That was years ago and we still own the chocolate pudding couches and three dogs + four kids have caused them to deteriorate to the point that I don't want to have people over. I was starting to think about buying new ones, when I was inspired by an article in the February, 2014 issue of Country Living, in which someone slipcovered a thrift store couch with painters' drop cloths. What really arrested my attention was that the owner replaced her couch's back cushions with euro squares. My couchs' back cushions were a real problem because after repeated washings, they had gotten out of shape and were bulbous, unwieldy and uncomfortable. They were the reason I hadn't slipcovered the couch years before, so realizing I could just throw them away and get a new back was really liberating.
Decorator fabric is expensive, especially the amount you need to cover a full size couch and matching love seat. The largest drop cloth at Lowe's cost $31 and provided enough fabric to cover the loveseat and a portion of the couch.
Here's the couch before, and this picture doesn't really do justice to how dirty it is. I have washed the cushion covers many times, and once, rented an upholstery cleaning machine, which turned out to be a futile operation.
I have slipcovered furniture before. It's a pain in the ass, but it's not rocket science. We've all seen Project Runway, right? You just use your couch as a dress form. I did the love seat first and it took weeks and I still have to cover the seat cushions. The couch came together in a single weekend.
I basted the trickier seams with the pieces still pinned to the couch. To pipe or not to pipe was something I debated with myself at length and I went so far as to buy cording and cut several miles of bias strips, but ultimately decided it wasn't worth it to go to all that effort to class up what is essentially a couch-shaped dog blanket.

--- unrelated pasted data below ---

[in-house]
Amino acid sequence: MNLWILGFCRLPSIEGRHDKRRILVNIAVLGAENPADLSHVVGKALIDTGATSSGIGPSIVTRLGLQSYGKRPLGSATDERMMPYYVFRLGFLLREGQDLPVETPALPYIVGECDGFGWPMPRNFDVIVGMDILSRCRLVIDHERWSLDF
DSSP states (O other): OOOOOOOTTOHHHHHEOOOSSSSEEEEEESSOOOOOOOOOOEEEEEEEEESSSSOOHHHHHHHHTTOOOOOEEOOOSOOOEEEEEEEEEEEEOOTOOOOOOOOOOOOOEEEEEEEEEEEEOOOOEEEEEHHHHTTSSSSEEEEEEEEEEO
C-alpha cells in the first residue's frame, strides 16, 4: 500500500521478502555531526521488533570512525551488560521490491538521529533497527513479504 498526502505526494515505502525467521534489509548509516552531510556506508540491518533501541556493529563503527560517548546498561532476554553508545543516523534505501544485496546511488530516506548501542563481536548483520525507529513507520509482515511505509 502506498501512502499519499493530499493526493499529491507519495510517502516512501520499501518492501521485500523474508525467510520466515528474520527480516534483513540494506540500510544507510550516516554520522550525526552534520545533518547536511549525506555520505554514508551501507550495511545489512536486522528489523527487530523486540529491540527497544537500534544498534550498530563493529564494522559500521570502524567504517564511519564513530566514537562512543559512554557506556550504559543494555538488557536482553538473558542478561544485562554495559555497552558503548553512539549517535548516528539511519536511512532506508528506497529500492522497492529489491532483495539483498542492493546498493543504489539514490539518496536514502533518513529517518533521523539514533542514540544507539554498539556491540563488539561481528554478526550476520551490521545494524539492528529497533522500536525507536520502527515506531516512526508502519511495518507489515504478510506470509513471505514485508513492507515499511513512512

I bought 24" square pillows for the back, and originally intended to cover them with the drop cloth fabric, but changed my mind and used black and white ticking from some old curtains I had in my scrap basket. The yellow throw pillows are from Target.
Is this perfect? Does this look professional? Is this the couch for the rest of my life? No, but it means I can delay buying new couches for several years and my guests won't be afraid to sit on my furniture. (More importantly, I won't be afraid to sit on my furniture.)
Now that my sewing machine is officially out of hibernation, expect to see more sewing projects!
Also on the domestic front, I started the process of repairing the walls in the hall and picking out paint colors. All the dings in the wall below show that this is the spot where we always struggle to get large items of furniture up the stairs.
Pinterest is full of pictures of rooms with elegant gray walls and white trim. I really thought gray might be a good choice, but I am not responding to that gray swatch. To me, it says, "interrogation room."
|Actually, I think I hate all of these colors.|
We will definitely be buying new switch plates.
Of the colors above, I'm gravitating toward the top right (Kittery Point Green, Benjamin Moore). The middle color on the right is definitely out, as are the top two on the left. Also on the left, Sherwin Williams' Gardenia, Narcissus, Morning Sun.
Left to right: Kittery Point Green, Nantucket Gray, Prescott Green, all Benjamin Moore. I'm not committed to a green hall, but it seems like a warmer alternative to gray. On the other hand, I could walk blindfolded into any paint store, grab a random paint chip and whatever I picked would be better than the orange that's on the walls now.
Oh, and the orange walls? They were inspired by Jacosta Innes' Decorating with Paint and The Thrifty Decorator, so we don't deserve all of the blame.